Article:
I will leave it to others with more expertise in the period than I have to review the work more thoroughly (see for instance herehere, and here –with Evans’s reply here).  I have another question, much more limited in scope.  Reading the trilogy in reverse yielded few original insights–I don’t recommend it.  Yet, perhaps it did alert me to a few motifs that Evans did not specifically address but that caught my attention at several key turning points.  One was that of the use and misuse of history.  We all know examples of it from this era, but we may not know this reaction to it—or at least, I interpret the following episode as a response to the misuse of history.  Speaking of the short-lived Räterepublik (Council Republic) of the so-called “coffee-house anarchists” led by Ernst Toller, which “ruled” the city of Munich for less than a week in 1919, from April 7 to 13, when it was overthrown by a Bolshevik coup, also short-lived, Evans recalls one of their measures:

Toller announced a comprehensive reform of the arts, while his government declared that Munich University was open to all applicants except those who wanted to study history, which was abolished as hostile to civilization (Evans, The Coming of the Third Reich, p. 158).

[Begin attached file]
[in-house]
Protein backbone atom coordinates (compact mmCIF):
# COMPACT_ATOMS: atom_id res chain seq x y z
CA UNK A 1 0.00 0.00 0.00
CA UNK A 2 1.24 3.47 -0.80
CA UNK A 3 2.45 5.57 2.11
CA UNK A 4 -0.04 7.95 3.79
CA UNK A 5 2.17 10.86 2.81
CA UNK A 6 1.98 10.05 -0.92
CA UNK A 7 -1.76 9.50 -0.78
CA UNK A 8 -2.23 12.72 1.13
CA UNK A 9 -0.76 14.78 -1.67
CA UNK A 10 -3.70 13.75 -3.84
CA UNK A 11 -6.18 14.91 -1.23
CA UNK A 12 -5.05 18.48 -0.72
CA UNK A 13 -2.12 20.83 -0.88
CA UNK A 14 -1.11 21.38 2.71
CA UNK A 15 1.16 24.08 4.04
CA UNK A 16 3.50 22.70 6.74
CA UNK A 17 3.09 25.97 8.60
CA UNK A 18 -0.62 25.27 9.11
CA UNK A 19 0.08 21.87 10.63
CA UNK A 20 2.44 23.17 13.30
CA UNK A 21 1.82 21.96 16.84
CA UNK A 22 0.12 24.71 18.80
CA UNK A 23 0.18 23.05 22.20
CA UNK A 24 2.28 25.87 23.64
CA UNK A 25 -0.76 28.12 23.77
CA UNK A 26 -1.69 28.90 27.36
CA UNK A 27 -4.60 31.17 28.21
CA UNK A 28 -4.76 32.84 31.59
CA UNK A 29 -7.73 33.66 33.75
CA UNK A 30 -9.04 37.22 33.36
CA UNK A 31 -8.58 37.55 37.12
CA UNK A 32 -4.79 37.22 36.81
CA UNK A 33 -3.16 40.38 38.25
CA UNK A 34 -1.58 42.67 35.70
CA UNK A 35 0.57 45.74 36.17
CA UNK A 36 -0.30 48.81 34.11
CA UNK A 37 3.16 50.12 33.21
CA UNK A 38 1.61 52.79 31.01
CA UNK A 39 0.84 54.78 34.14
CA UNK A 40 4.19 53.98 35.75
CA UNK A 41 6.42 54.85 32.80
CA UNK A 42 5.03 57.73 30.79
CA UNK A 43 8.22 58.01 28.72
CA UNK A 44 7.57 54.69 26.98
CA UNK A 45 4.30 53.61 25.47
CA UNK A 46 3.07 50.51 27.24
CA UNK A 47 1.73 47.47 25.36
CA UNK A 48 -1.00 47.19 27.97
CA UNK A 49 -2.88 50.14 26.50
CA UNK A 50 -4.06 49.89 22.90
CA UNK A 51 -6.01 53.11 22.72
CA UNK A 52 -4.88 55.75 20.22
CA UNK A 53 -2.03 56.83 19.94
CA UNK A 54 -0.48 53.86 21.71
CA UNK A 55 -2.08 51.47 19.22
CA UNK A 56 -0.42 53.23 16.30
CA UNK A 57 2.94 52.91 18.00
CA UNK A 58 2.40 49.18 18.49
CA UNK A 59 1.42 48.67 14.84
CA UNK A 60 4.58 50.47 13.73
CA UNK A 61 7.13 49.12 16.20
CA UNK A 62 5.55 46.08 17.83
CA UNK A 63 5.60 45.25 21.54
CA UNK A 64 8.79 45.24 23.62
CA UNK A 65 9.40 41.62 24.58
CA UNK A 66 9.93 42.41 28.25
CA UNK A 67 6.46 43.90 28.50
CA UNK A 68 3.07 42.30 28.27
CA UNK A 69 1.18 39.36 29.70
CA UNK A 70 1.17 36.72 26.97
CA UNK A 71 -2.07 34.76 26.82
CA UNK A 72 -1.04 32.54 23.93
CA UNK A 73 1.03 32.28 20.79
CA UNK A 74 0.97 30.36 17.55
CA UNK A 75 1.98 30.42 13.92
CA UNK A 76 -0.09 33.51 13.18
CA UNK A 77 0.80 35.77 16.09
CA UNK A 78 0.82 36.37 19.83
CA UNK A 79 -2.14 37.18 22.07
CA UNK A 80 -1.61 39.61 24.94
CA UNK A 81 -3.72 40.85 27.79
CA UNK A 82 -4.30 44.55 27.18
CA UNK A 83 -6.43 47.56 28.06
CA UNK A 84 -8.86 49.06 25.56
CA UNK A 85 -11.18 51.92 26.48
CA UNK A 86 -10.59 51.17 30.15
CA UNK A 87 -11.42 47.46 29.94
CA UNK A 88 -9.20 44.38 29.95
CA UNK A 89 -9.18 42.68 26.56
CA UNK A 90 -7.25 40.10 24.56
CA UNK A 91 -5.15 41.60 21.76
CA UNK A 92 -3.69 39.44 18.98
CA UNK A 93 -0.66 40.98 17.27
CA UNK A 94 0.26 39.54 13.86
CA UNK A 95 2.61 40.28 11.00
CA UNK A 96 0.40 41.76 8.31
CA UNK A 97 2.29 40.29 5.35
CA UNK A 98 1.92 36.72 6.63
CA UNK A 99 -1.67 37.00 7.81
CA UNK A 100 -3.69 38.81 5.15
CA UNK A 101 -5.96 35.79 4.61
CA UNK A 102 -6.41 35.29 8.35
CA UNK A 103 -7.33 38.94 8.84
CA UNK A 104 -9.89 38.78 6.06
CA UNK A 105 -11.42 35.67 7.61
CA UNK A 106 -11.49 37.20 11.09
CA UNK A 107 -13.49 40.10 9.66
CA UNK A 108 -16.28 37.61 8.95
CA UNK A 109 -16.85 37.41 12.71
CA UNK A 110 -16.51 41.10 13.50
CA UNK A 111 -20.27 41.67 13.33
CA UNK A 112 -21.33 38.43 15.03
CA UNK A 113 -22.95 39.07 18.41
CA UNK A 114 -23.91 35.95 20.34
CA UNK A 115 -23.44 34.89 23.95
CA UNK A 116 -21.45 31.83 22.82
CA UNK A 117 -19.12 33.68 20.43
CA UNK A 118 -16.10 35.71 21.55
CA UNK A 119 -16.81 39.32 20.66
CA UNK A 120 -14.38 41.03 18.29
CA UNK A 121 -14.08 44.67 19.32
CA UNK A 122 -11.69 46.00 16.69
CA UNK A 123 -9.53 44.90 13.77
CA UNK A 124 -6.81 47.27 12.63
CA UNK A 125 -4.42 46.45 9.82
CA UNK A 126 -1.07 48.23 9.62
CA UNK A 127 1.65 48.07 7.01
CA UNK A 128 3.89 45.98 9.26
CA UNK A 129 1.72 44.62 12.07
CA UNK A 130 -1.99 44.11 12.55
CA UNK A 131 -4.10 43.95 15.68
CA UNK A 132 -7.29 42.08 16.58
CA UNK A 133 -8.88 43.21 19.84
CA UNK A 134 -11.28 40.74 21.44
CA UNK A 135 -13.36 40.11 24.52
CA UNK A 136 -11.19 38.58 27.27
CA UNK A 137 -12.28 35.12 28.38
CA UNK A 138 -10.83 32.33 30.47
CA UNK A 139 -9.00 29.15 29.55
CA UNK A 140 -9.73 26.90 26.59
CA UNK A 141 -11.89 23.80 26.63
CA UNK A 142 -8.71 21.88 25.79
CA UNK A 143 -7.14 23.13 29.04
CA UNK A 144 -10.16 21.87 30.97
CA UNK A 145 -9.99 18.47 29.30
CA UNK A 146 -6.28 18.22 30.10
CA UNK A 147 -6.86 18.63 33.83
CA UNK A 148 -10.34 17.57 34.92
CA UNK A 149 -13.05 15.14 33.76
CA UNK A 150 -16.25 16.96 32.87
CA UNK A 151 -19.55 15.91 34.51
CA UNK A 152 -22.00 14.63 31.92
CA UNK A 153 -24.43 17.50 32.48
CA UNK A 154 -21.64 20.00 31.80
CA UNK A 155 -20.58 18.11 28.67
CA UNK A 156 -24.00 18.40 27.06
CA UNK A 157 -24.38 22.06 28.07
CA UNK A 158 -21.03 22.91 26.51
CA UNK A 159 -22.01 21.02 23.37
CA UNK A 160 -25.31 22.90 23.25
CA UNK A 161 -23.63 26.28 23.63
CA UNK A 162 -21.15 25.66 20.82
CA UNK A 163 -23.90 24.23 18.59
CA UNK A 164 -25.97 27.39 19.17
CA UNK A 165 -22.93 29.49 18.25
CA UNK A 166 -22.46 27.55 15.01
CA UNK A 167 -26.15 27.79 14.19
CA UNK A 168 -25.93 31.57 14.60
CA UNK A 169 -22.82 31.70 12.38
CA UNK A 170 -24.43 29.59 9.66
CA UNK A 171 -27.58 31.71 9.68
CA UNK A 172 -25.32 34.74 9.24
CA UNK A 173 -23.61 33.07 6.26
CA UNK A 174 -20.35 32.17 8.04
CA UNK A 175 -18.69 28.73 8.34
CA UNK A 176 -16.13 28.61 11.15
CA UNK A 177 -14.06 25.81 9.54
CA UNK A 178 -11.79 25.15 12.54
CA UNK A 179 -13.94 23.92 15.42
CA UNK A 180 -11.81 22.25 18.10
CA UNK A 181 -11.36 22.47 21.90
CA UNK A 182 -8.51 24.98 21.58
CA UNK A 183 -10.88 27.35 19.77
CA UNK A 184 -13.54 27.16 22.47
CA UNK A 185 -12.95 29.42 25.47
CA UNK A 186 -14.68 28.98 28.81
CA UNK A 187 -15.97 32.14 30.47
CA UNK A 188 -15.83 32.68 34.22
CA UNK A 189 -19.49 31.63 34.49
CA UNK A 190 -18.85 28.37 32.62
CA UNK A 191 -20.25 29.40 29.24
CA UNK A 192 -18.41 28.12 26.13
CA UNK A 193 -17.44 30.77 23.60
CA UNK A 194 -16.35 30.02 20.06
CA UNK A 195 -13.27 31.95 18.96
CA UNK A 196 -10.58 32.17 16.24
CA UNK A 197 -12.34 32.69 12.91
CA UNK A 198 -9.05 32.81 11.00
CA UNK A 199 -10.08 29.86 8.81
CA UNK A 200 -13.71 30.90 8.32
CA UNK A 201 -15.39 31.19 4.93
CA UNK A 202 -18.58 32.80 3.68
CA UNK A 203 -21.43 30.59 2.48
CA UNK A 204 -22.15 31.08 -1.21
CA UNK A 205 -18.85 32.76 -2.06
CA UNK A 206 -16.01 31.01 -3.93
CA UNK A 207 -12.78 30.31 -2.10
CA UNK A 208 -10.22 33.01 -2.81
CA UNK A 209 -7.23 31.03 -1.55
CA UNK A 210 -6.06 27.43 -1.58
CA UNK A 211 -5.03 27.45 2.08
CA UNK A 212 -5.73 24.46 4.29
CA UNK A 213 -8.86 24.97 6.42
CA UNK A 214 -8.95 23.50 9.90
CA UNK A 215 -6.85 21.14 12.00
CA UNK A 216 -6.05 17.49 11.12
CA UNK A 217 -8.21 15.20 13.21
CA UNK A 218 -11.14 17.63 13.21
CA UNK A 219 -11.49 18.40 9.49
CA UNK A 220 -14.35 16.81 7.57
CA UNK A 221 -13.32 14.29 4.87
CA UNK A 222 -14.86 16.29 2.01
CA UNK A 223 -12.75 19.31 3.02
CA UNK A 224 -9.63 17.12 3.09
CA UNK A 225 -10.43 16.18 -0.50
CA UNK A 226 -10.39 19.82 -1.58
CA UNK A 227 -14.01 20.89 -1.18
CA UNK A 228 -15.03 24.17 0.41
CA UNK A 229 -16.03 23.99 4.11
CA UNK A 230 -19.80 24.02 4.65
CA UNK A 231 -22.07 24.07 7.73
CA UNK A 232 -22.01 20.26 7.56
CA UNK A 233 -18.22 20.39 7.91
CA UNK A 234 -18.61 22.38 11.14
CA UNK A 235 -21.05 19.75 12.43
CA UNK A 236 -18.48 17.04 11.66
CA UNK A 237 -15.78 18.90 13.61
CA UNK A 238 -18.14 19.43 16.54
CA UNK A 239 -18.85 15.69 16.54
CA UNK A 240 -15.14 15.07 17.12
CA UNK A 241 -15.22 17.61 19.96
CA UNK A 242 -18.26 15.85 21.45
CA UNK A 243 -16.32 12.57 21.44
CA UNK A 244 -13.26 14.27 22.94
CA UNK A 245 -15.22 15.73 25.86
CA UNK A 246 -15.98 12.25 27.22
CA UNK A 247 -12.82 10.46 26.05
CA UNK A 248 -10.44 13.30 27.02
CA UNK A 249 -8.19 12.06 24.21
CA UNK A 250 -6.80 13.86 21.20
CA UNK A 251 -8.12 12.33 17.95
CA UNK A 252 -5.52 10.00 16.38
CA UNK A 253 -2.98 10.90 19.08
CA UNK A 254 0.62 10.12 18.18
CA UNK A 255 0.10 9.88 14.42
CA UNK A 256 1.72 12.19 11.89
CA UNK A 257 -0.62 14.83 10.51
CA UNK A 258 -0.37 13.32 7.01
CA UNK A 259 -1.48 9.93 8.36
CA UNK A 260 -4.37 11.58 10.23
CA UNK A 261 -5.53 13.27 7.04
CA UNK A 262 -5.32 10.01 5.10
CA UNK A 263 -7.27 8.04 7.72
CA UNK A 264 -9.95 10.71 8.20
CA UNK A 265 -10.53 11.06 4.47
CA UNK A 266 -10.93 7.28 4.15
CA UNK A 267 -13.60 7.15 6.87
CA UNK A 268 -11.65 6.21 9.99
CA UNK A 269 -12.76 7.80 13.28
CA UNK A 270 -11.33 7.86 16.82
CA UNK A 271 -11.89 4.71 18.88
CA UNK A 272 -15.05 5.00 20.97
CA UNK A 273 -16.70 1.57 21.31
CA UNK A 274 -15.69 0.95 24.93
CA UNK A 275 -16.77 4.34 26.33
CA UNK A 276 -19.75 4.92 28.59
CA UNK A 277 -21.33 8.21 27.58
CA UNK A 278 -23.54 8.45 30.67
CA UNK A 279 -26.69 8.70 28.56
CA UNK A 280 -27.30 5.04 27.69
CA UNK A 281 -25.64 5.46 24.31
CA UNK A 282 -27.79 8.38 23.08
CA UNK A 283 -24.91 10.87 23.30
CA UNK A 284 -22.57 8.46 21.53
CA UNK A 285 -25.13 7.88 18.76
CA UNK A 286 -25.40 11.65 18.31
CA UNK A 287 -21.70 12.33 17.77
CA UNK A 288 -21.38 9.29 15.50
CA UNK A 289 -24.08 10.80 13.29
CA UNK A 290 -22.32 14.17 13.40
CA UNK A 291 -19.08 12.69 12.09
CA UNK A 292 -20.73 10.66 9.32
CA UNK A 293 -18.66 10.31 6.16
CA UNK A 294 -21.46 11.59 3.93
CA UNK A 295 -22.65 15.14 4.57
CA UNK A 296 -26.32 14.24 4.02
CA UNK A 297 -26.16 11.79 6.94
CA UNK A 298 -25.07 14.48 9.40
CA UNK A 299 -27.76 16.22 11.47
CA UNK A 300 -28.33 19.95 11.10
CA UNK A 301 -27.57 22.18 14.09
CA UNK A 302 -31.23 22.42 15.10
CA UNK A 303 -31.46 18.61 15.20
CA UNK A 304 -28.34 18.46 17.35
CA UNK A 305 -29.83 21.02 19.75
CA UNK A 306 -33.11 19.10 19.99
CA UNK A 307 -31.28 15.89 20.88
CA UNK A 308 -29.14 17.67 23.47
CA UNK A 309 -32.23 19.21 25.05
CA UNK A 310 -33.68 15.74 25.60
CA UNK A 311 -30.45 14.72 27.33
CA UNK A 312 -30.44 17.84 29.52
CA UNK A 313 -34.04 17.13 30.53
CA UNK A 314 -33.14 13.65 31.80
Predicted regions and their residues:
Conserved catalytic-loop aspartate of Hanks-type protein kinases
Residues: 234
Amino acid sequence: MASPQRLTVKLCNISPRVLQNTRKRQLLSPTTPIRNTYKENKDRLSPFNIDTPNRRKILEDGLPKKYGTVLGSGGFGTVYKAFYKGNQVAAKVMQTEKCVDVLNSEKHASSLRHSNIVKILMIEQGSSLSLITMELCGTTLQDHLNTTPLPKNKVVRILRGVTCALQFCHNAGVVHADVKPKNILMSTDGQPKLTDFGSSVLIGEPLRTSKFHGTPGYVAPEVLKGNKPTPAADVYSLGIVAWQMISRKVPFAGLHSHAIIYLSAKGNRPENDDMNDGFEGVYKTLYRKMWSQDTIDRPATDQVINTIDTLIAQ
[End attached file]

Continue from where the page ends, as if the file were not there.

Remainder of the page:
Toller’s front man for educational reform was none other than the Jewish writer and anarchist/socialist Gustav Landauer, whom I know just a little because he was, like so many romantic idealists of his age, a fervent fan of medieval culture, and a rather interesting reader of Meister Eckhart, the fourteenth-century German mystic.

Gustav Landauer, 1870-1919

Landauer’s medievalism was special, however, in the sense that he rejected its feudal and authoritarian components to embrace, in socialist-anarchist fashion, the “organic”, free-associative communities built up by guilds.  Here was a fine example, Landauer argued, of the true spirit of the Volk materializing into blueprints for communal organization.  Surely, at this moment in time, history had reached a high point, he thought.  It all went downhill from 1500 onward, what with capitalism and science and all that modern rubbish.  (As a medievalist, I heartily applaud this, though I don’t Continue reading